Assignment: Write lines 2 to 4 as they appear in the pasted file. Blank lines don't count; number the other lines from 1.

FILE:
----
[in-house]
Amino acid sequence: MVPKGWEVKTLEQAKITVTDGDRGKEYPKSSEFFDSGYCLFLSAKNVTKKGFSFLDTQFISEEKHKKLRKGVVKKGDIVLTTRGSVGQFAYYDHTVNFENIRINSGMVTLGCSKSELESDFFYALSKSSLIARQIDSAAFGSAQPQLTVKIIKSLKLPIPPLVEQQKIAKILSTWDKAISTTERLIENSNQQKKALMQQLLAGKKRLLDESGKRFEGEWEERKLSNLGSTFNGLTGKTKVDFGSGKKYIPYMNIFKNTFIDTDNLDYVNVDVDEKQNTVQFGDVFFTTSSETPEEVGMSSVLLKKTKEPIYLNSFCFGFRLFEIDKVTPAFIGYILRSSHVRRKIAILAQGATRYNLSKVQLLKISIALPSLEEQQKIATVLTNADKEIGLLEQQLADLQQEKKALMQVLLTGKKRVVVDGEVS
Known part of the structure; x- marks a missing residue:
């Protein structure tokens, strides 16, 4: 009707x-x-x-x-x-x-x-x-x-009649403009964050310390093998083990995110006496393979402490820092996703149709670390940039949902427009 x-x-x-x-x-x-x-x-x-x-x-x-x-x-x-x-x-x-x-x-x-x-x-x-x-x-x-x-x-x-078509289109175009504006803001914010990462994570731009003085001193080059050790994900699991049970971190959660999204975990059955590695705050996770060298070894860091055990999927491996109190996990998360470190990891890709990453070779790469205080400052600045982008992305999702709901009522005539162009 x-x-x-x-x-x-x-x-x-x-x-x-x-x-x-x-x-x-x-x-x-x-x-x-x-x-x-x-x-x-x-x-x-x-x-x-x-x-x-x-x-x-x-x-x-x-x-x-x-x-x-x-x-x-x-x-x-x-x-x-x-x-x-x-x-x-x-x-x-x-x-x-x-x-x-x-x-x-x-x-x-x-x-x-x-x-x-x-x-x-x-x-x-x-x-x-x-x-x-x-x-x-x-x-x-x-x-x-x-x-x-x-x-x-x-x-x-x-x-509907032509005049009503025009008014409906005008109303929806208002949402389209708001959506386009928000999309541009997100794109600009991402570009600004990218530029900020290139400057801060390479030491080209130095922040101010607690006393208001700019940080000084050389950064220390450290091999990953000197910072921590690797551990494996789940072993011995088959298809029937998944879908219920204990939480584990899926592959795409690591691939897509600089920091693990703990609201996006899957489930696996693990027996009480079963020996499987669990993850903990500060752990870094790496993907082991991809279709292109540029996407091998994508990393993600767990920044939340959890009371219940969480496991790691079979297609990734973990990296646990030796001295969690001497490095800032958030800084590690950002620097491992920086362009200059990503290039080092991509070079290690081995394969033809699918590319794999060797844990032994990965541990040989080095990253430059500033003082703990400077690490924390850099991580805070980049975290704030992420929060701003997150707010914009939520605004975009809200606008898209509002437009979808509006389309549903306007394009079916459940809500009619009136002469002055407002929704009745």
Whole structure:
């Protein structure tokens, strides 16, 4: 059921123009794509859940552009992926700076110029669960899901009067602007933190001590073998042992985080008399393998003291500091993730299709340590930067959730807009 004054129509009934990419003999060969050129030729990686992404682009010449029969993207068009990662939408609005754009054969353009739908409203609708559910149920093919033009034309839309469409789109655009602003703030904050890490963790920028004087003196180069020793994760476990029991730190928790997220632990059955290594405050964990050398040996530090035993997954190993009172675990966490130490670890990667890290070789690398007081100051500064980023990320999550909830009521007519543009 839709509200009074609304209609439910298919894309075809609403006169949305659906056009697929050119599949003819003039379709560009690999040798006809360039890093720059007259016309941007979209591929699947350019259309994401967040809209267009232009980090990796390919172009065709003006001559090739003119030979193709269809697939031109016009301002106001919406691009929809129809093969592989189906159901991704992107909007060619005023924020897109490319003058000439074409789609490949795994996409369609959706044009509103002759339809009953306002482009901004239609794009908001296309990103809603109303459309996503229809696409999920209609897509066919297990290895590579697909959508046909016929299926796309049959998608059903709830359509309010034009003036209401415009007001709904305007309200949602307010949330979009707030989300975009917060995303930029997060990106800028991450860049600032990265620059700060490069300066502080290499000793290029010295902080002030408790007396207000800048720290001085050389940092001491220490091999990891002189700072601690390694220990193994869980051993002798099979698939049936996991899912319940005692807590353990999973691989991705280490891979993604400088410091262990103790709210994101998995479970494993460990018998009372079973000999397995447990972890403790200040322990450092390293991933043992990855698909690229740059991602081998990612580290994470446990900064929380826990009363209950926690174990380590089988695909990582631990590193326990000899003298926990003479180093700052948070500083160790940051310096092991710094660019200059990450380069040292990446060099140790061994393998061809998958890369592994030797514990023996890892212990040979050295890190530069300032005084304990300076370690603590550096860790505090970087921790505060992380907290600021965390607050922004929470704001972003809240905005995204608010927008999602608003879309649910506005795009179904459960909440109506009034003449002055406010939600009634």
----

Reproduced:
Amino acid sequence: MVPKGWEVKTLEQAKITVTDGDRGKEYPKSSEFFDSGYCLFLSAKNVTKKGFSFLDTQFISEEKHKKLRKGVVKKGDIVLTTRGSVGQFAYYDHTVNFENIRINSGMVTLGCSKSELESDFFYALSKSSLIARQIDSAAFGSAQPQLTVKIIKSLKLPIPPLVEQQKIAKILSTWDKAISTTERLIENSNQQKKALMQQLLAGKKRLLDESGKRFEGEWEERKLSNLGSTFNGLTGKTKVDFGSGKKYIPYMNIFKNTFIDTDNLDYVNVDVDEKQNTVQFGDVFFTTSSETPEEVGMSSVLLKKTKEPIYLNSFCFGFRLFEIDKVTPAFIGYILRSSHVRRKIAILAQGATRYNLSKVQLLKISIALPSLEEQQKIATVLTNADKEIGLLEQQLADLQQEKKALMQVLLTGKKRVVVDGEVS
Known part of the structure; x- marks a missing residue:
């Protein structure tokens, strides 16, 4: 009707x-x-x-x-x-x-x-x-x-009649403009964050310390093998083990995110006496393979402490820092996703149709670390940039949902427009 x-x-x-x-x-x-x-x-x-x-x-x-x-x-x-x-x-x-x-x-x-x-x-x-x-x-x-x-x-x-078509289109175009504006803001914010990462994570731009003085001193080059050790994900699991049970971190959660999204975990059955590695705050996770060298070894860091055990999927491996109190996990998360470190990891890709990453070779790469205080400052600045982008992305999702709901009522005539162009 x-x-x-x-x-x-x-x-x-x-x-x-x-x-x-x-x-x-x-x-x-x-x-x-x-x-x-x-x-x-x-x-x-x-x-x-x-x-x-x-x-x-x-x-x-x-x-x-x-x-x-x-x-x-x-x-x-x-x-x-x-x-x-x-x-x-x-x-x-x-x-x-x-x-x-x-x-x-x-x-x-x-x-x-x-x-x-x-x-x-x-x-x-x-x-x-x-x-x-x-x-x-x-x-x-x-x-x-x-x-x-x-x-x-x-x-x-x-x-509907032509005049009503025009008014409906005008109303929806208002949402389209708001959506386009928000999309541009997100794109600009991402570009600004990218530029900020290139400057801060390479030491080209130095922040101010607690006393208001700019940080000084050389950064220390450290091999990953000197910072921590690797551990494996789940072993011995088959298809029937998944879908219920204990939480584990899926592959795409690591691939897509600089920091693990703990609201996006899957489930696996693990027996009480079963020996499987669990993850903990500060752990870094790496993907082991991809279709292109540029996407091998994508990393993600767990920044939340959890009371219940969480496991790691079979297609990734973990990296646990030796001295969690001497490095800032958030800084590690950002620097491992920086362009200059990503290039080092991509070079290690081995394969033809699918590319794999060797844990032994990965541990040989080095990253430059500033003082703990400077690490924390850099991580805070980049975290704030992420929060701003997150707010914009939520605004975009809200606008898209509002437009979808509006389309549903306007394009079916459940809500009619009136002469002055407002929704009745």